Endoanal ultrasound findings and fecal incontinence symptoms in women with and without recognized anal sphincter tears

Holly E. Richter, Julia R. Fielding, Catherine S. Bradley, Victoria L. Handa, Paul Fine, Mary Pat FitzGerald, Anthony Visco, Arnold Wald, Christiane Hakim, J. T. Wei, Anne M. Weber

Research output: Contribution to journalArticle

50 Scopus citations


OBJECTIVE: To estimate whether endoanal ultrasound findings are more prevalent in primiparous women with a history of anal sphincter tear than in women without this history and whether the findings are associated with fecal incontinence symptoms. METHODS: A total of 251 primiparous women at seven clinical sites underwent standardized ultrasound assessment of the internal and external anal sphincter 6-12 months after delivery. Participants were women in the three cohorts of the Childbirth and Pelvic Symptoms Study: 1) women with clinically evident third- or fourth-degree tear at vaginal delivery (n=106); 2) no tear at vaginal delivery (n=106); and 3) cesarean delivery without labor (n=39). Women completed the Fecal Incontinence Severity Index to assess fecal incontinence symptoms. RESULTS: Thirty-five percent of the sphincter tear group exhibited internal sphincter gaps compared with 3% of vaginal controls (odds ratio [OR] 18.4, 95% confidence interval [CI] 5.5-62.1) and 10% of cesarean controls. External sphincter gaps were identified in 51% of the tear group compared with 31% of vaginal controls (OR 2.3, 95% CI 1.3-4.0) and 28% of cesarean controls. In the tear group, fecal incontinence severity was greater in those with internal sphincter gaps compared with those with no internal sphincter gaps (Fecal Incontinence Severity Index score 6.6±8.3 compared with 3.3±6.1, P=.02), as well as in those with external sphincter gaps (6.1±8.4 compared with 2.7±5.0, P=.01), and greatest in those with both internal and external sphincter gaps compared with at least one gap not present (7.2±8.1 compared with 3.4±6.4, P=.003). CONCLUSION: Anal sphincter gaps detected by ultrasonography are prevalent in postpartum primiparous women with a history of sphincter tear and are associated with fecal incontinence severity.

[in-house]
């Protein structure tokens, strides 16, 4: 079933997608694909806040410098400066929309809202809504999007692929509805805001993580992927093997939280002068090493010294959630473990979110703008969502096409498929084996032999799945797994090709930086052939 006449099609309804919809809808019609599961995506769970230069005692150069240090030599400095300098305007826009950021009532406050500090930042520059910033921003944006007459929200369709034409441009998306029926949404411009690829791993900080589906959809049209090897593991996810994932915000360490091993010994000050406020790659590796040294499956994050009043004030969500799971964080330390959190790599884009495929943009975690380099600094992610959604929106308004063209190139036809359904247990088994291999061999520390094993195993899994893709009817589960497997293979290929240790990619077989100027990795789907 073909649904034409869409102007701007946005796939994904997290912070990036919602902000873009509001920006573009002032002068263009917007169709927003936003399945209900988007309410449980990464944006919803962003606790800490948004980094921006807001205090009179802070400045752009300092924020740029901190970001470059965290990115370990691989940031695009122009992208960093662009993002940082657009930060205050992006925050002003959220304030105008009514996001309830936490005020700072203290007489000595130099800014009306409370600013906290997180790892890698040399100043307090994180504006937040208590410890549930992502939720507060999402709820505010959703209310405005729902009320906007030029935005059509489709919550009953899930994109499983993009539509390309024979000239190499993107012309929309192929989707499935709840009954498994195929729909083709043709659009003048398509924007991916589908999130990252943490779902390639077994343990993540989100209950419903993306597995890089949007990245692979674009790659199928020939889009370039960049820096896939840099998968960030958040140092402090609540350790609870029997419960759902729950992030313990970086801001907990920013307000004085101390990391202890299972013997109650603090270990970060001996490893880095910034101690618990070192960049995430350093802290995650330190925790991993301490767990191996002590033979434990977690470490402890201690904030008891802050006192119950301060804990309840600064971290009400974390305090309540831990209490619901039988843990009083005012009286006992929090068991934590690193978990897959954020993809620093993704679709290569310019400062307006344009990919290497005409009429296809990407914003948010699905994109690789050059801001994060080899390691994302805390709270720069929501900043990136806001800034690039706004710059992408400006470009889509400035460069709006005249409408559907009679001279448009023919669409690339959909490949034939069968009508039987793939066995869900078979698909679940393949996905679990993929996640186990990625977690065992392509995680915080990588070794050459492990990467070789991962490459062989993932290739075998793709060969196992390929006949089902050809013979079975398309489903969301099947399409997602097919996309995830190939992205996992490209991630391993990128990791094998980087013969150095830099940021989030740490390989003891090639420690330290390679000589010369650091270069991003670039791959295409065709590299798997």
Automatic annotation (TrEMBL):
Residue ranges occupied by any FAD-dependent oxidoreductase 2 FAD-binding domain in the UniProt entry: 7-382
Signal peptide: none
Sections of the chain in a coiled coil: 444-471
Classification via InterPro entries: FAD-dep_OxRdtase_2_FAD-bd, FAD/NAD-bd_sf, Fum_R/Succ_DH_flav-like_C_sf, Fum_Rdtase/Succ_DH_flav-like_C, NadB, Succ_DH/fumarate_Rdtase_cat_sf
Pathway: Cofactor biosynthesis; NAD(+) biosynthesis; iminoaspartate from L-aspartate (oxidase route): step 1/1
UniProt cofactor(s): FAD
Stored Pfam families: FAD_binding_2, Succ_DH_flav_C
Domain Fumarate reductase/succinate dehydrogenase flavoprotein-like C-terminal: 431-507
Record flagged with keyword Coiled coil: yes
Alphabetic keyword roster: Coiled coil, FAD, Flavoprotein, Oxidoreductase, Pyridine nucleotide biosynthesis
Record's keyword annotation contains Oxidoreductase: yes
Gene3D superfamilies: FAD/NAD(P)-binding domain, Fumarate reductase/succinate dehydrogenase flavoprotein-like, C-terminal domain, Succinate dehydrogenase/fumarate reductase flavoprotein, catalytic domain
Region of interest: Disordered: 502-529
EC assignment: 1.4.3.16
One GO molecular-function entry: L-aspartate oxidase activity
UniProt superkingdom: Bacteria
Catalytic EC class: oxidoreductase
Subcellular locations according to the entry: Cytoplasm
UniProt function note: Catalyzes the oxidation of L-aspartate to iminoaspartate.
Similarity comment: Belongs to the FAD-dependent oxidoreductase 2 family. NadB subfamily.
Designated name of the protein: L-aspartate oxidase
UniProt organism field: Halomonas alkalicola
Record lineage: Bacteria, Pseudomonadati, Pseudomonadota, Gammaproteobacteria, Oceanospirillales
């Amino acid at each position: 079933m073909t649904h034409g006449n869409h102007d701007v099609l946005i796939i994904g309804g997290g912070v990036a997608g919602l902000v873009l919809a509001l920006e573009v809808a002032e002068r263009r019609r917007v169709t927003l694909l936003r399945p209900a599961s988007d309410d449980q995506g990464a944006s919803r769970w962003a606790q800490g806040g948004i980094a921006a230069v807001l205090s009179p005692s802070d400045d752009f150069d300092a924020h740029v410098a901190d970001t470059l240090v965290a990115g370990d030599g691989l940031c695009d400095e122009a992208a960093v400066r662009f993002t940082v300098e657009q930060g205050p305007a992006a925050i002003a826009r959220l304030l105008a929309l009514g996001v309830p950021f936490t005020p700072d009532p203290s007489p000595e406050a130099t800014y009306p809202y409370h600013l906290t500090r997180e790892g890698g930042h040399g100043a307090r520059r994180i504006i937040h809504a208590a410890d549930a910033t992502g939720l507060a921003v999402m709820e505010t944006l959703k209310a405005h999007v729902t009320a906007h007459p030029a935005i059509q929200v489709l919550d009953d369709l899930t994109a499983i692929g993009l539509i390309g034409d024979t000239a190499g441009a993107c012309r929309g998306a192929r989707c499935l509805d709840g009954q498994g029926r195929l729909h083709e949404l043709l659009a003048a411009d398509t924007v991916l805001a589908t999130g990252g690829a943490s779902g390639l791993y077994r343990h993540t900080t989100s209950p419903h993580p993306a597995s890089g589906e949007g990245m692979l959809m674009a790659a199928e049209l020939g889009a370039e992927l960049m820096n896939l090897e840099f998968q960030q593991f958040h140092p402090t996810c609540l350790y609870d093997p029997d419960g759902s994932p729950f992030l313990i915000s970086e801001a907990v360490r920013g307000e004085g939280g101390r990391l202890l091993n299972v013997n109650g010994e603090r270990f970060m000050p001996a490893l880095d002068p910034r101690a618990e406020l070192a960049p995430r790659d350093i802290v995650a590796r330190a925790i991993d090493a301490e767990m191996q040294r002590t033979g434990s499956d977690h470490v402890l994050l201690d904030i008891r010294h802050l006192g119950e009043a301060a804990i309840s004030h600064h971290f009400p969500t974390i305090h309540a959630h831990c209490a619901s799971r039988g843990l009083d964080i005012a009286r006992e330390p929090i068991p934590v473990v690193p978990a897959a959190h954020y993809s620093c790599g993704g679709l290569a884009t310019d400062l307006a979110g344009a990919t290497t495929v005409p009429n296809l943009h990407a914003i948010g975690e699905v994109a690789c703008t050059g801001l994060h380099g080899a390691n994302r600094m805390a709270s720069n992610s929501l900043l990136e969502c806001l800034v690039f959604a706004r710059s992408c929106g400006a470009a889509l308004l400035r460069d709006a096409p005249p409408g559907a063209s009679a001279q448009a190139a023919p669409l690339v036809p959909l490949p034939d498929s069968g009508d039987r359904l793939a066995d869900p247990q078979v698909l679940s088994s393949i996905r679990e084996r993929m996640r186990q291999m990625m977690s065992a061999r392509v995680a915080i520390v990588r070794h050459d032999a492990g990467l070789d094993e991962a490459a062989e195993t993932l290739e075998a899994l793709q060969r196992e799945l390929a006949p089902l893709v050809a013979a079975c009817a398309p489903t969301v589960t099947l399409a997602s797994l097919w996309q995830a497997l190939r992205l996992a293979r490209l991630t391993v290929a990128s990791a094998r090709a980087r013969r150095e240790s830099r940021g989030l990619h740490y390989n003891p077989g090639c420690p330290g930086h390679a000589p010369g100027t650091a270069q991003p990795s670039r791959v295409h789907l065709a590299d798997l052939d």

Original languageEnglish (US)
Pages (from-to)1394-1401
Number of pages8
JournalObstetrics and Gynecology
Issue number6
Publication statusPublished - Dec 1 2006


ASJC Scopus subject areas

  • Obstetrics and Gynecology

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